EGFR TKI ph2 trials  in mutation pos pts (click to enlarge)

So while these are smallish trials, the largest being 127 patients who actually had a mutation, they all show response rates in the 55-82% range, and the median time to progression is 9-12 months (with some going far beyond).

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Dr West

US-Based Erbitux Trial Shows Favorable Survival Trend, But Not Significant Benefit

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Imclone put out a press release yesterday that the previously described, US-based BMS-099 trial of carboplatin-taxane (either taxol (paclitaxel) or taxotere (docetaxel), investigator’s discretion) with or without the EGFR monoclonal antibody erbitux (ceteuximab) has failed to demonstrate a statistically significant improvement in overall survival. Just over a year ago, we first learned that this trial did not meet its primary endpoint (see prior post): I thought this bode very poorly for the future of erbitux in lung cancer. Shortly thereafter, though, Imclone put out a press release that the European FLEX trial of cisplatin/navelbine (vinorelbine) with or without erbitux (see prior post), although we had to wait nearly nine months to get more information. The results of the FLEX trial were ultimately presented at the Plenary Session of ASCO 2008 (summary post here), showing a statistically significant improvement in survival from the addition of erbitux to this chemo regimen, but with an improvement in median survival of only just over a month, many people are left wondering whether this difference is truly clinically significant, especially factoring in the added side effects, weekly ongoing treatment, and expense.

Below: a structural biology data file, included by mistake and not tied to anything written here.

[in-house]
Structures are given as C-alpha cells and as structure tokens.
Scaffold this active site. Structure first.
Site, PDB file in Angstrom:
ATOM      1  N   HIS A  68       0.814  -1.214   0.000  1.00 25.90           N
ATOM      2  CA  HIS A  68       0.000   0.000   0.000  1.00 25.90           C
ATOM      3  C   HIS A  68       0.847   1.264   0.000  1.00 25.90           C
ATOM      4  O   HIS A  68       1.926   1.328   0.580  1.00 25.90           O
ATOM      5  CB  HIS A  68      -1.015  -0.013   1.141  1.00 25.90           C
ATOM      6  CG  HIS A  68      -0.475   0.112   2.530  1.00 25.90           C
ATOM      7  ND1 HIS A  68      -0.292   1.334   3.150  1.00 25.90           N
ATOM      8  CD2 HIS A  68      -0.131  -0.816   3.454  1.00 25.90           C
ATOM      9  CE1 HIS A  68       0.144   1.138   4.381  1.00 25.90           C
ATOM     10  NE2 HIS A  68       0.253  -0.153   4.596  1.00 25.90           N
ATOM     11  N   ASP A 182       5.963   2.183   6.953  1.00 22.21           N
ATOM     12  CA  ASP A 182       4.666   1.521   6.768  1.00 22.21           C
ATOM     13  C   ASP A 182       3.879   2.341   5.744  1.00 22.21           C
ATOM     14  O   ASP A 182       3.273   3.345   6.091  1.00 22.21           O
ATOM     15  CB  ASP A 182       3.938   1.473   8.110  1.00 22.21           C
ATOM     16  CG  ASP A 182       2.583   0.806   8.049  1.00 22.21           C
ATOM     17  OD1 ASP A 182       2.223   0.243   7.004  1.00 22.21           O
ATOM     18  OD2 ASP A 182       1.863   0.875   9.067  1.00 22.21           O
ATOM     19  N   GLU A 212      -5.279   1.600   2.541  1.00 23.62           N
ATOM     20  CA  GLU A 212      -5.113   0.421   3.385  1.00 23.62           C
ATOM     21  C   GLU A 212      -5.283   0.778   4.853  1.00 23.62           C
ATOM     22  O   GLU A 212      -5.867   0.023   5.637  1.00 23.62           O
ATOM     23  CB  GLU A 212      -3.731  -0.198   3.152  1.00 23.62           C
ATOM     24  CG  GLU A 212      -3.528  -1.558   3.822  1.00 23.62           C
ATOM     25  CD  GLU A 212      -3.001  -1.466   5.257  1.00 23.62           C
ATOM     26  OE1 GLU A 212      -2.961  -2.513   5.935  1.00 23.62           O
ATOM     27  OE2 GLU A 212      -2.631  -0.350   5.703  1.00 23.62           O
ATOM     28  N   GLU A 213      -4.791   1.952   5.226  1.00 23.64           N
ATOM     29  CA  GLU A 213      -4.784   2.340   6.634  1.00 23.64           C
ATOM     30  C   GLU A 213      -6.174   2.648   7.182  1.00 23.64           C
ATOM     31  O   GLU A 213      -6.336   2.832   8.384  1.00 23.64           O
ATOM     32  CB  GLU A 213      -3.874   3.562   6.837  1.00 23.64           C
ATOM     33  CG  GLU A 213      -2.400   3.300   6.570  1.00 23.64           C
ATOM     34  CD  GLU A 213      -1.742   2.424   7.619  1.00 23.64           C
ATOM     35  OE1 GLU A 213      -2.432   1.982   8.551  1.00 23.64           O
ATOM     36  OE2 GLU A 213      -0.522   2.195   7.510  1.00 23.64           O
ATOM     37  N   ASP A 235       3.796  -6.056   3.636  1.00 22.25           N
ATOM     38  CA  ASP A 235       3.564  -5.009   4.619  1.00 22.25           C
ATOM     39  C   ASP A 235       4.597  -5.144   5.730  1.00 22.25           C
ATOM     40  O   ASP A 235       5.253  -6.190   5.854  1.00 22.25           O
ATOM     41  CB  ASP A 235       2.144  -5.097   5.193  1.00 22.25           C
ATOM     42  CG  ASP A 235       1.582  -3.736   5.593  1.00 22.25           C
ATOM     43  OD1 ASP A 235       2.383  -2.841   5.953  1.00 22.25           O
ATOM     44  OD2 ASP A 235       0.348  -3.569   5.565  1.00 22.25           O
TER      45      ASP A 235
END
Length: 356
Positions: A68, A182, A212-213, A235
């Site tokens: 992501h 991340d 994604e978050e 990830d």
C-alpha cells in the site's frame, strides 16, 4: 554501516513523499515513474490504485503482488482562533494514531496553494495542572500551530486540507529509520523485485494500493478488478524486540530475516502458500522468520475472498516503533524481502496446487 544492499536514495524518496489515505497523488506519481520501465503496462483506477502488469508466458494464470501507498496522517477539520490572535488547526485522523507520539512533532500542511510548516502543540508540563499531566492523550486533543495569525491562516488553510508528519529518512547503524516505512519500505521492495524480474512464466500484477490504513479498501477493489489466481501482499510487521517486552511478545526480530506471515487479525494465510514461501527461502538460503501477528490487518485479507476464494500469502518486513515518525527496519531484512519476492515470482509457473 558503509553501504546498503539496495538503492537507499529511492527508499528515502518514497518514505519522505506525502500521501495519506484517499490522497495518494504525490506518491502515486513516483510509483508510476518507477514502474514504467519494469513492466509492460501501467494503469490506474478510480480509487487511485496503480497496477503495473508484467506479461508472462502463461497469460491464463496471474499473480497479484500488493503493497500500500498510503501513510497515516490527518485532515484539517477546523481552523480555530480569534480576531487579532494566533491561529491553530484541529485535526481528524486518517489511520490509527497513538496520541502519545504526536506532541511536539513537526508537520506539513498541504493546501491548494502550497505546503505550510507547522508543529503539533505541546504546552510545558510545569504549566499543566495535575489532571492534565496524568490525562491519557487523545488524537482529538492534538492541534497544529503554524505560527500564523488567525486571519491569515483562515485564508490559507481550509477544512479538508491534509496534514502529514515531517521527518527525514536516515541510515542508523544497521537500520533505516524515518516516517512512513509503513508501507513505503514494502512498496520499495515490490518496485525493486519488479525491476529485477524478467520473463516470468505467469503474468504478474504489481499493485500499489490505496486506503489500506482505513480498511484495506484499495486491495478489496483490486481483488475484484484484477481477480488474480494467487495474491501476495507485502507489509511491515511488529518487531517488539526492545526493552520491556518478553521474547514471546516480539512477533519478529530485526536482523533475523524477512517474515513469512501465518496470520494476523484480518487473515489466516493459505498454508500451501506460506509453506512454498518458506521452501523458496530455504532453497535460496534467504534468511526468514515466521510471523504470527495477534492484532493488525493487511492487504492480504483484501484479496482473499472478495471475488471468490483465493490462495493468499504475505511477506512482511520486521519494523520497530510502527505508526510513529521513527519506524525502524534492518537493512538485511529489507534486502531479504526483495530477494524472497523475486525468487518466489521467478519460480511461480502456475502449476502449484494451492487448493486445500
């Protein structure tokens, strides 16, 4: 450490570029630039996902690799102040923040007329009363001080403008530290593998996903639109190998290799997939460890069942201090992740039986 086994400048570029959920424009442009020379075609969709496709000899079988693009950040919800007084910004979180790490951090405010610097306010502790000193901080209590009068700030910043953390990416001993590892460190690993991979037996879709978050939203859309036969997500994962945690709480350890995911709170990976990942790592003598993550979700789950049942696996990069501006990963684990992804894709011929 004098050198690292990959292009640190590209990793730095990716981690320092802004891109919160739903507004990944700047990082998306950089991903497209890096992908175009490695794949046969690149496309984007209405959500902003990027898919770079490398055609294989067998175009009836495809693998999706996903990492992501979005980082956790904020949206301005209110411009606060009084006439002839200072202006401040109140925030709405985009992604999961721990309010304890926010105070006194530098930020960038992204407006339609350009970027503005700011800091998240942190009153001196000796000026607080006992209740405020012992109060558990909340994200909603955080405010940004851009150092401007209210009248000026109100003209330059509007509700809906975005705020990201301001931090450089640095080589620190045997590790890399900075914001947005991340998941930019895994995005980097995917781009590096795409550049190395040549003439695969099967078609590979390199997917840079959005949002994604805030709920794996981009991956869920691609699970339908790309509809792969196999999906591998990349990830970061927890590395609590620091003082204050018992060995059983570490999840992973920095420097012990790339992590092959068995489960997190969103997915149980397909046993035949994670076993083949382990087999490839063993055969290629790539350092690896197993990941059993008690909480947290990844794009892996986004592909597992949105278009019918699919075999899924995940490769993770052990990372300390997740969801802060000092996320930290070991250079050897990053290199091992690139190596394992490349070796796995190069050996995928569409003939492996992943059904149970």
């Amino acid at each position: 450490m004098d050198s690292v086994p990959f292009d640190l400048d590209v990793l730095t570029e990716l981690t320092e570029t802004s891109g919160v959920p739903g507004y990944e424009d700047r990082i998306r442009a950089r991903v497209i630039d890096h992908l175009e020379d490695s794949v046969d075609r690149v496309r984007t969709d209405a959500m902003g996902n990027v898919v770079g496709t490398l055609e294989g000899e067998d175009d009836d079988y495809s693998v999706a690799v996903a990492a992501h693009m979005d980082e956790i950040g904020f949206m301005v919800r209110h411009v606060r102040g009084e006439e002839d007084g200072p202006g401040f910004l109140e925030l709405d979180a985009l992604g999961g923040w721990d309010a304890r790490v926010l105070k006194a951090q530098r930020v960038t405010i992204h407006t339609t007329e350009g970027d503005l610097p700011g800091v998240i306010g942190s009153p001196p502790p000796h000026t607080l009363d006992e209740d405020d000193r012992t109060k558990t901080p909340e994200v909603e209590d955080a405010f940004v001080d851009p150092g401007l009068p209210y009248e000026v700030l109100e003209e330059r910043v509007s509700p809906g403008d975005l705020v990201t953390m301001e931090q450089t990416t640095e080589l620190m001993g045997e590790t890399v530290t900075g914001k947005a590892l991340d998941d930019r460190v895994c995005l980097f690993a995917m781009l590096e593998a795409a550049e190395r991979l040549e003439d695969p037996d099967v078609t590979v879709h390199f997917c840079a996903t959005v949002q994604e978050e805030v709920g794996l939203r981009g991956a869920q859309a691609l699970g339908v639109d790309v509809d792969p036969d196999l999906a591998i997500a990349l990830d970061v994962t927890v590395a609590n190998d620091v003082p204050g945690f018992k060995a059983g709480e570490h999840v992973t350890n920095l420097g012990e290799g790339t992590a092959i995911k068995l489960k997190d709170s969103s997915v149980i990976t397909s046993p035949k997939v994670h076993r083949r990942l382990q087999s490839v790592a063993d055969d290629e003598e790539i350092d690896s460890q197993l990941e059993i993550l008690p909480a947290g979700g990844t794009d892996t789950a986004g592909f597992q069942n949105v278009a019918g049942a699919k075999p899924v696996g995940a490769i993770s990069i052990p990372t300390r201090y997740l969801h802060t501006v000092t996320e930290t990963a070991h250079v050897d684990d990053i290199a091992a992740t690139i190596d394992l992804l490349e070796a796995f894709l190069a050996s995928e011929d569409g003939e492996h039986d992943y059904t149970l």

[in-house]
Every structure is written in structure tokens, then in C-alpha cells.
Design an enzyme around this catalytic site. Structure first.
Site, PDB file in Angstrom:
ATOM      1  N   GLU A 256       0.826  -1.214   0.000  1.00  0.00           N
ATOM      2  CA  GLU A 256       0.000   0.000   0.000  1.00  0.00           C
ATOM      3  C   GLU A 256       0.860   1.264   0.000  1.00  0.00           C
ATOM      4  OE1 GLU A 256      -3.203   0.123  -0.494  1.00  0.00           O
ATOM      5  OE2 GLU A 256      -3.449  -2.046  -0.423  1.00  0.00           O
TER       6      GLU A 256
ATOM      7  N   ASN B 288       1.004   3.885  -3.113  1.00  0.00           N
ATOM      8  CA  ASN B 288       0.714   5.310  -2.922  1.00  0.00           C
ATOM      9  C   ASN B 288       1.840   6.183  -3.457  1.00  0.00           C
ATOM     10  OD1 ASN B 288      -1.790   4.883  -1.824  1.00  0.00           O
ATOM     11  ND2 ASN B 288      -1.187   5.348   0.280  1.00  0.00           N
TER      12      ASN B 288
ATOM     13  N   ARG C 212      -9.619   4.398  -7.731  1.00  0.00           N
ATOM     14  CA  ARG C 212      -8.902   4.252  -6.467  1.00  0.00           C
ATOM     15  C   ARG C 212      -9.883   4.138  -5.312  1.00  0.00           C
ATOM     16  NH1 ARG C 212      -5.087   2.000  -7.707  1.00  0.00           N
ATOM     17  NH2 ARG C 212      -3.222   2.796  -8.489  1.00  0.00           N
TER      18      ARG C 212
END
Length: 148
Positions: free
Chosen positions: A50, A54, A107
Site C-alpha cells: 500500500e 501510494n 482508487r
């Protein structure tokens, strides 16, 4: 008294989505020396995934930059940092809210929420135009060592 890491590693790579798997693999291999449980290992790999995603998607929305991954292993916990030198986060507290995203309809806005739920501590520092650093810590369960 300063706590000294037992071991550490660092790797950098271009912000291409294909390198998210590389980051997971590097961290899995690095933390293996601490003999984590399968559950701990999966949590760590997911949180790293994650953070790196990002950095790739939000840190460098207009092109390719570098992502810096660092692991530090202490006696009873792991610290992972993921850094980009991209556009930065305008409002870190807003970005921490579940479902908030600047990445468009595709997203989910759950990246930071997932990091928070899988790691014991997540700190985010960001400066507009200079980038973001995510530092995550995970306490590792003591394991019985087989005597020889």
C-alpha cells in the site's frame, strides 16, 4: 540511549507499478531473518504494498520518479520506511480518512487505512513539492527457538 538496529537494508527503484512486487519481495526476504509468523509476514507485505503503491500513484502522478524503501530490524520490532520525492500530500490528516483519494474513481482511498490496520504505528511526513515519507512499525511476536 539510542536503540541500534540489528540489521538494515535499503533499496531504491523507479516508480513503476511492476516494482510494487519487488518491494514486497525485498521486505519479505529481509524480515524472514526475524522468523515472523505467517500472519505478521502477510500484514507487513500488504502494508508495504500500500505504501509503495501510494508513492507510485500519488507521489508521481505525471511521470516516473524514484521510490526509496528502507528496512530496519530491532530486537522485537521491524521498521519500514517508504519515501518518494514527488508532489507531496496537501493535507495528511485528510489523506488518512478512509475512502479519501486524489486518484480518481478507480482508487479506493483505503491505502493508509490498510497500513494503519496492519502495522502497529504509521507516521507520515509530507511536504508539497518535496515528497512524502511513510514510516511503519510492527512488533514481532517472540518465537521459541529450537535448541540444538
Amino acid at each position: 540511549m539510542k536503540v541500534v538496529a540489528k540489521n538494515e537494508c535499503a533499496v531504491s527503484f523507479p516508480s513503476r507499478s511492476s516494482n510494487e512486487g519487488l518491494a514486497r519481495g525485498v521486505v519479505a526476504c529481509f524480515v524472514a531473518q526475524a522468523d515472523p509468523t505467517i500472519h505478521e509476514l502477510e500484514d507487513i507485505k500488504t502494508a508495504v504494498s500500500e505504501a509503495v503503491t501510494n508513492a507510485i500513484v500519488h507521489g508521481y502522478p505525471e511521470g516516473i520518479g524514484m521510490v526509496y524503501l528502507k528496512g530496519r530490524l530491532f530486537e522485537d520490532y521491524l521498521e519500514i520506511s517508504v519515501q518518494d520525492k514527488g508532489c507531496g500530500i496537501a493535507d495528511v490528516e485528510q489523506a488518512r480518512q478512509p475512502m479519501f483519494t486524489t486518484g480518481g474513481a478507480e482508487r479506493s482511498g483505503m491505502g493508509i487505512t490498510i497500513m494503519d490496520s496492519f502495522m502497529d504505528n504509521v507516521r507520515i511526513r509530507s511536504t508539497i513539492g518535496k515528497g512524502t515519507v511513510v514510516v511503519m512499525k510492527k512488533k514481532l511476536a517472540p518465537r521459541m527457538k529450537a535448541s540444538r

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Dr West

What I Really Do: First Line Treatment for Avastin Ineligible Patients

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As I mentioned in another post, one of the first branch points in the decision tree about what I recommend as treatment for fit patients with previously untreated advanced NSCLC is the question of eligibility for avastin. Although I do routinely recommend avastin for eligible patients, they aren’t the majority; instead, I would estimate that population ineligible for avastin due to squamous histology, brain metastases (especially now that we routinely look for them with a head MRI), coughing blood, or other factors account for about 60% of my patients.

As I’ve described previously (prior post here), the available evidence is pretty definitive that the vast majority of platinum-based doublets are remarkably similar in their overall activity. There is a little evidence that cisplatin in a little bit more active (see prior post for details), but most oncologists feel that it’s clearly more challenging in terms of side effects, so carboplatin doublets are far more commonly used, including by me. I’ve historically favored the doublet of carbo/gemcitabine for many patients, because the main side effects are decreases in blood counts with usually very little hair loss, nausea/vomiting, and many other unpleasant side effects. I generally favor regimens that have mostly “paper toxicities” that you tell the patient about, compared with ones that the patient experiences and tells you about. But I’ve used several different carbo-based doublet regimens.